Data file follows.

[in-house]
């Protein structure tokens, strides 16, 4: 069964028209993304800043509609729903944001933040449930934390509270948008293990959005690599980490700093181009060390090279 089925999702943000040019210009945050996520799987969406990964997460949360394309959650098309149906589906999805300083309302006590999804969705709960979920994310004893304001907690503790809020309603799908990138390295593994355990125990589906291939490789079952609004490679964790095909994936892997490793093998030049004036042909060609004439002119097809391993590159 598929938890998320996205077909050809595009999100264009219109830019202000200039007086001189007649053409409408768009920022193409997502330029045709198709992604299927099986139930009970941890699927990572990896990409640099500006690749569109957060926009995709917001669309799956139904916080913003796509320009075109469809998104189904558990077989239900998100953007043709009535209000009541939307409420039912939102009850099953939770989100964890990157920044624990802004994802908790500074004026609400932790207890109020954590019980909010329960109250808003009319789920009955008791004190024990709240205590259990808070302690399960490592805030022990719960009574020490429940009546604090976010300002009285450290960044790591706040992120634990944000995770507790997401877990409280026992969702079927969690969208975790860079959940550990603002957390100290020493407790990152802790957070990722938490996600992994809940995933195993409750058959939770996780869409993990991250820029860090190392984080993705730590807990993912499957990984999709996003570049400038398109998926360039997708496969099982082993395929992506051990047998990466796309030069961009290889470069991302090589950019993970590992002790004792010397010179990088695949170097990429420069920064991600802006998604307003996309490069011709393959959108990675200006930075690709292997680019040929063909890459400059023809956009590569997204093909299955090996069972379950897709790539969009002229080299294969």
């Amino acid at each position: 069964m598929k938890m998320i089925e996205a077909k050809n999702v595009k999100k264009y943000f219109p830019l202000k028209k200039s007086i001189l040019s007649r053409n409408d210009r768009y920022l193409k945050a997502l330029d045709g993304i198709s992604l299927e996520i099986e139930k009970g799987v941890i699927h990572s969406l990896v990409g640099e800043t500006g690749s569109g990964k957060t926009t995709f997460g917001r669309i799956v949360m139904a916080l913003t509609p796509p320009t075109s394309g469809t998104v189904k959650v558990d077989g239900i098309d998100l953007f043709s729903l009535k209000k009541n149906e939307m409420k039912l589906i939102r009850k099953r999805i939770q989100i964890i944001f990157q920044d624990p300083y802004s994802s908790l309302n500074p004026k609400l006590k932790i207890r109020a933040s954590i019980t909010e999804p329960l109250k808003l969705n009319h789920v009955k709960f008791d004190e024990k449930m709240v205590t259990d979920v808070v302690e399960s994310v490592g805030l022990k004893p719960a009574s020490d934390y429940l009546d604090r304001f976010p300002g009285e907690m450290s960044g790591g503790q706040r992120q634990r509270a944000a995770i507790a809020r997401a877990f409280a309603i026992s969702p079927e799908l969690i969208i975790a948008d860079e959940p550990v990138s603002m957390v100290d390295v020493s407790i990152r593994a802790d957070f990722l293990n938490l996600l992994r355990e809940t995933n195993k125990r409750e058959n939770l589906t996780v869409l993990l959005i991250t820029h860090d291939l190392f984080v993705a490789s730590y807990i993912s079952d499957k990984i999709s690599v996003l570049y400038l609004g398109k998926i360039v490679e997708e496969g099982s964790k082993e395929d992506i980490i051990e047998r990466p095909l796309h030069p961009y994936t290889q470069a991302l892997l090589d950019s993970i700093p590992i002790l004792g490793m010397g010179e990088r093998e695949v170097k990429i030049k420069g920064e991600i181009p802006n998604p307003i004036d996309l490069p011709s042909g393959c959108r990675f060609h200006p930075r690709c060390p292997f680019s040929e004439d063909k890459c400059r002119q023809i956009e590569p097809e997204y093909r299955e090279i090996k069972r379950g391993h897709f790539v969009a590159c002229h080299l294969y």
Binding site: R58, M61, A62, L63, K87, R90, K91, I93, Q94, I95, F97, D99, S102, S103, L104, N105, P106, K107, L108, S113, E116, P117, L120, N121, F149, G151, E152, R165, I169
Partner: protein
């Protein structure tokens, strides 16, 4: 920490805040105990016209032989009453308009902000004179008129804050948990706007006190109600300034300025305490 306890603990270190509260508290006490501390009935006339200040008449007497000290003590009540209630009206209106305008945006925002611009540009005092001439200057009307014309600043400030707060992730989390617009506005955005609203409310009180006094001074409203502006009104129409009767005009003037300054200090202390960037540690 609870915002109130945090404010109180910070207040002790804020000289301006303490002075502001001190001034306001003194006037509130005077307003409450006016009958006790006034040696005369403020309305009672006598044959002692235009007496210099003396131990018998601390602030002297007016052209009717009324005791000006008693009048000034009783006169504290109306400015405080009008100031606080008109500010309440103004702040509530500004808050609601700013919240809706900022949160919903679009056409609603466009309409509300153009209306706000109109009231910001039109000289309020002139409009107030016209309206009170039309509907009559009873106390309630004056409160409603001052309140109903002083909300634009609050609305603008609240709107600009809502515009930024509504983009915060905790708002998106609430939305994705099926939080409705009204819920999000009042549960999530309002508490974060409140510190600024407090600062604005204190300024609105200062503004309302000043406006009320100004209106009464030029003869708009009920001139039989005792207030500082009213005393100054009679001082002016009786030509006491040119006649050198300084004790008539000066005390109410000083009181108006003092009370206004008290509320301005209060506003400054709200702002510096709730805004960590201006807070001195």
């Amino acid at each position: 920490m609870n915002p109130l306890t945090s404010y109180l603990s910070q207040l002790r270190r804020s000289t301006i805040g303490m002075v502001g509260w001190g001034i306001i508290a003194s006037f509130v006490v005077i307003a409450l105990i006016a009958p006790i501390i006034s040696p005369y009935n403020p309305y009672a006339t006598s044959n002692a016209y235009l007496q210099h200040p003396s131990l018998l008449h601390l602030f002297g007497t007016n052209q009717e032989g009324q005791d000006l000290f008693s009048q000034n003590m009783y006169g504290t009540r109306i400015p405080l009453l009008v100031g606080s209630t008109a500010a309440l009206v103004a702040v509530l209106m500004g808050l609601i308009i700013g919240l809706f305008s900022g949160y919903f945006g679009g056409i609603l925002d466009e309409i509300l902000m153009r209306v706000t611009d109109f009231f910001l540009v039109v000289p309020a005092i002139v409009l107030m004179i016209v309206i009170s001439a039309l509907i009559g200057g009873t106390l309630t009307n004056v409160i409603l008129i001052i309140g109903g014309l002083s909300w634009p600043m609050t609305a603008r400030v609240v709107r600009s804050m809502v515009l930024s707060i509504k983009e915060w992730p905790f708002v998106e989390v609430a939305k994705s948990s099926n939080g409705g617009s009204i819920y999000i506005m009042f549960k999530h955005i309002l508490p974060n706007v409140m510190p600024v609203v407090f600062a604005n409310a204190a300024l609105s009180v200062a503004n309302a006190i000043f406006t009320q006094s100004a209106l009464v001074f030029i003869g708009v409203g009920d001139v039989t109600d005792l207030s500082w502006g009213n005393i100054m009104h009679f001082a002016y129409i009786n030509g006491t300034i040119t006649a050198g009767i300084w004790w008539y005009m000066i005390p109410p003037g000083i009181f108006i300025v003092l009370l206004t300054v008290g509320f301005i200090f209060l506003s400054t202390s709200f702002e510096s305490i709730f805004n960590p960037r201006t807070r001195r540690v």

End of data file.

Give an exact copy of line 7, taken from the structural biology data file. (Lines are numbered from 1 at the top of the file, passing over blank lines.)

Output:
């Amino acid at each position: 920490m609870n915002p109130l306890t945090s404010y109180l603990s910070q207040l002790r270190r804020s000289t301006i805040g303490m002075v502001g509260w001190g001034i306001i508290a003194s006037f509130v006490v005077i307003a409450l105990i006016a009958p006790i501390i006034s040696p005369y009935n403020p309305y009672a006339t006598s044959n002692a016209y235009l007496q210099h200040p003396s131990l018998l008449h601390l602030f002297g007497t007016n052209q009717e032989g009324q005791d000006l000290f008693s009048q000034n003590m009783y006169g504290t009540r109306i400015p405080l009453l009008v100031g606080s209630t008109a500010a309440l009206v103004a702040v509530l209106m500004g808050l609601i308009i700013g919240l809706f305008s900022g949160y919903f945006g679009g056409i609603l925002d466009e309409i509300l902000m153009r209306v706000t611009d109109f009231f910001l540009v039109v000289p309020a005092i002139v409009l107030m004179i016209v309206i009170s001439a039309l509907i009559g200057g009873t106390l309630t009307n004056v409160i409603l008129i001052i309140g109903g014309l002083s909300w634009p600043m609050t609305a603008r400030v609240v709107r600009s804050m809502v515009l930024s707060i509504k983009e915060w992730p905790f708002v998106e989390v609430a939305k994705s948990s099926n939080g409705g617009s009204i819920y999000i506005m009042f549960k999530h955005i309002l508490p974060n706007v409140m510190p600024v609203v407090f600062a604005n409310a204190a300024l609105s009180v200062a503004n309302a006190i000043f406006t009320q006094s100004a209106l009464v001074f030029i003869g708009v409203g009920d001139v039989t109600d005792l207030s500082w502006g009213n005393i100054m009104h009679f001082a002016y129409i009786n030509g006491t300034i040119t006649a050198g009767i300084w004790w008539y005009m000066i005390p109410p003037g000083i009181f108006i300025v003092l009370l206004t300054v008290g509320f301005i200090f209060l506003s400054t202390s709200f702002e510096s305490i709730f805004n960590p960037r201006t807070r001195r540690v």